Wednesday, 26 January 2011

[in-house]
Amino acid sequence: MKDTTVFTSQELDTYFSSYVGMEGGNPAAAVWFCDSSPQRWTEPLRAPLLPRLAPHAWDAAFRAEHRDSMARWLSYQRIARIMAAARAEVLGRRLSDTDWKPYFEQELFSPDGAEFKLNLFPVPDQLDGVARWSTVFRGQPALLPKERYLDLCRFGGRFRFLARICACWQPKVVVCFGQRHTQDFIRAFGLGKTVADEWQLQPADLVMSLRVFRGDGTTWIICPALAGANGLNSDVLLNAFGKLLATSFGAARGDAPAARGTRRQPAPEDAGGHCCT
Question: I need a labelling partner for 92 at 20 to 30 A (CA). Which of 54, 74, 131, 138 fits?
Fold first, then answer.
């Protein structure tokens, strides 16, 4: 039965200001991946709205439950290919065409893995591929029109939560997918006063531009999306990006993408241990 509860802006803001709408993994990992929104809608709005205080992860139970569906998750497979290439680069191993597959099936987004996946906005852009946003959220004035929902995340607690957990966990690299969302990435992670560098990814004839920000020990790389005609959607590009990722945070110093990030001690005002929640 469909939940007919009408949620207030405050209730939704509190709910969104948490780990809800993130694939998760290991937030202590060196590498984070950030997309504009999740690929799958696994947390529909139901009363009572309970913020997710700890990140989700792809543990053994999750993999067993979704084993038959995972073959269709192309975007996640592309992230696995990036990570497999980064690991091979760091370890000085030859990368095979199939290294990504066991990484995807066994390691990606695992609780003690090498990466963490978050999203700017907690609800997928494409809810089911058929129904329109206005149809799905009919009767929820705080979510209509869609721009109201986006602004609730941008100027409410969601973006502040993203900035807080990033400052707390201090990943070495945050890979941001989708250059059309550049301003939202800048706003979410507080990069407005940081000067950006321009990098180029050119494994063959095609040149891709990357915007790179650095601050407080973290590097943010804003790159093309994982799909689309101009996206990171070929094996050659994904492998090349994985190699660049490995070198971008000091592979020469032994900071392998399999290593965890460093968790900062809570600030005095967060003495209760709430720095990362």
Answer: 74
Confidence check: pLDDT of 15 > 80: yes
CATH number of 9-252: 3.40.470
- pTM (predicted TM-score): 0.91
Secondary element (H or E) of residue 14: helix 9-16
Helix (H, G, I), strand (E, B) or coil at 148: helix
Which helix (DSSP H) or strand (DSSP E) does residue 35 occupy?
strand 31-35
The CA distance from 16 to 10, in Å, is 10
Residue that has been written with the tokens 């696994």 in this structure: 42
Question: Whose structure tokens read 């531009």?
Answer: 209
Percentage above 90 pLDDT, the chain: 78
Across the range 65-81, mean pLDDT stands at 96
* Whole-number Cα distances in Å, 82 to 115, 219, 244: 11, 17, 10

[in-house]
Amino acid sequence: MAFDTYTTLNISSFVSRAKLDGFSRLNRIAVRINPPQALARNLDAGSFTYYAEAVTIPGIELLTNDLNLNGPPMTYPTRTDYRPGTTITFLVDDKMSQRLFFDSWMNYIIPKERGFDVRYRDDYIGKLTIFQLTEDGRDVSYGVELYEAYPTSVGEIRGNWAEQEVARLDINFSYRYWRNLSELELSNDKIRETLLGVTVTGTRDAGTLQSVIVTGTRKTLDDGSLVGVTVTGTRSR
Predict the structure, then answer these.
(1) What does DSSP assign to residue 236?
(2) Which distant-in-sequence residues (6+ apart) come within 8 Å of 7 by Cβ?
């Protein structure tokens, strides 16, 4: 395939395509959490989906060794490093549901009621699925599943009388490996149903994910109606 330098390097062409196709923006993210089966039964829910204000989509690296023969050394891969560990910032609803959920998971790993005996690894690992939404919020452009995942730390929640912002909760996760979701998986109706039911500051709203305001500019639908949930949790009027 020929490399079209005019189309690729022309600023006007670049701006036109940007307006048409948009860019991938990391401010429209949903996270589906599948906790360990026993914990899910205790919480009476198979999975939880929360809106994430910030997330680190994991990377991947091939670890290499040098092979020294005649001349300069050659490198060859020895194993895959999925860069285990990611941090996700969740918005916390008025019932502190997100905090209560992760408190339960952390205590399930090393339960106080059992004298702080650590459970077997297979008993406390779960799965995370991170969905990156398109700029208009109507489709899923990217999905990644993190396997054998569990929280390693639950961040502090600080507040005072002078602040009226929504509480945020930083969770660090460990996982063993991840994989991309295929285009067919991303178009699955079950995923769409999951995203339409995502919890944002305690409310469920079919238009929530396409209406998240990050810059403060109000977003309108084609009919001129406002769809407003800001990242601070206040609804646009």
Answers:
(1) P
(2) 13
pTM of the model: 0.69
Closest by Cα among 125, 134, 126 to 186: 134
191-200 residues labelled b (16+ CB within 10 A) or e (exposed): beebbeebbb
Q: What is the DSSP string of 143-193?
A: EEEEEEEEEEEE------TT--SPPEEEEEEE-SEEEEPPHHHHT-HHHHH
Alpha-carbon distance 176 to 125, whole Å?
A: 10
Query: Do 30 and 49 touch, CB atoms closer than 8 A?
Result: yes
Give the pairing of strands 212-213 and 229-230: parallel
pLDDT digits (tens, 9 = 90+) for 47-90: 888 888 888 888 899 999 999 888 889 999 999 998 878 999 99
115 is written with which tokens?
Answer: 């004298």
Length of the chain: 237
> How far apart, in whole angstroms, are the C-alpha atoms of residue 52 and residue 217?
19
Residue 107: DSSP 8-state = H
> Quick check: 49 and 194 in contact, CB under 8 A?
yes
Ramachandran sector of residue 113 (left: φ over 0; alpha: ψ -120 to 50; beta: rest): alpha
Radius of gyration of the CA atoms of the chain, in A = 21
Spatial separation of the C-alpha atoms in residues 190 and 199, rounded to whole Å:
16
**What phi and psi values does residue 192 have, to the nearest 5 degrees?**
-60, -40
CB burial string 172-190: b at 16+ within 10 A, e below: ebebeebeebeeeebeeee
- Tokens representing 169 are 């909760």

The Hurricane Forecast Improvement Project (HFIP) provides the basis for NOAA and other agencies to coordinate hurricane research needed to significantly improve guidance for hurricane track, intensity, and storm surge forecasts. HFIP uses the term Stream 1 to refer to the yearly upgrades made to operational numerical weather prediction (NWP) capabilities, and the developmental and test activities supporting them. HFIP terms efforts taking multiple years to enhance operations as Stream 2. In 2009, HFIP and the National Hurricane Center (NHC) agreed to establish a new, intermediate pathway to operations known as Stream 1.5. Stream 1.5 covers experimental models and/or techniques that NHC, based on prior assessments, wants to access in real-time during a particular hurricane season, but which cannot be available in conventional production mode. Stream 1.5 projects will be run as part of HFIP's annual summertime Demonstration Project. To qualify, participation by a candidate project must be approved by HFIP management and the NHC. Part of the basis for this approval is demonstrated performance through extensive retrospective testing. Objective verification for the 2010 Stream 1.5 candidates was conducted by the Tropical Cyclone Modeling Team (TCMT) located in the Joint Numerical Testbed Program of the National Center for Atmospheric Research's Research Applications Laboratory. The goals of the 2010 retrospective testing are to (1) provide adequate statistics for assessing the skill of the model candidates, (2) help identify modeling systems to be included in the HFIP Stream 1.5, and (3) provide information that may help to calibrate the multi-model ensemble forecasts for 2010. The retrospective testing focused on a representative sample of 27 storms from the 2008 and 2009 hurricane seasons. Four modeling groups participated in the retrospective testing. The models included two configurations of the Weather Research and Forecasting (WRF) model, a new version of the GFDL model, and the Navy's tropical cyclone model. This presentation will provide an overview of the 2010 retrospective testing, a summary of the differences in track and intensity errors for the comparisons of the individual participating models to the operational GFDL model, and a review of the impact of including the forecasts from the Stream 1.5 candidates as part of the conventional consensus forecast. The retrospective testing verification effort and follow-on work will be used to guide future HFIP activities and contribute to the continuing HFIP effort to improve tropical cyclone intensity and track forecasts by providing feedback to the forecasting and modeling groups.
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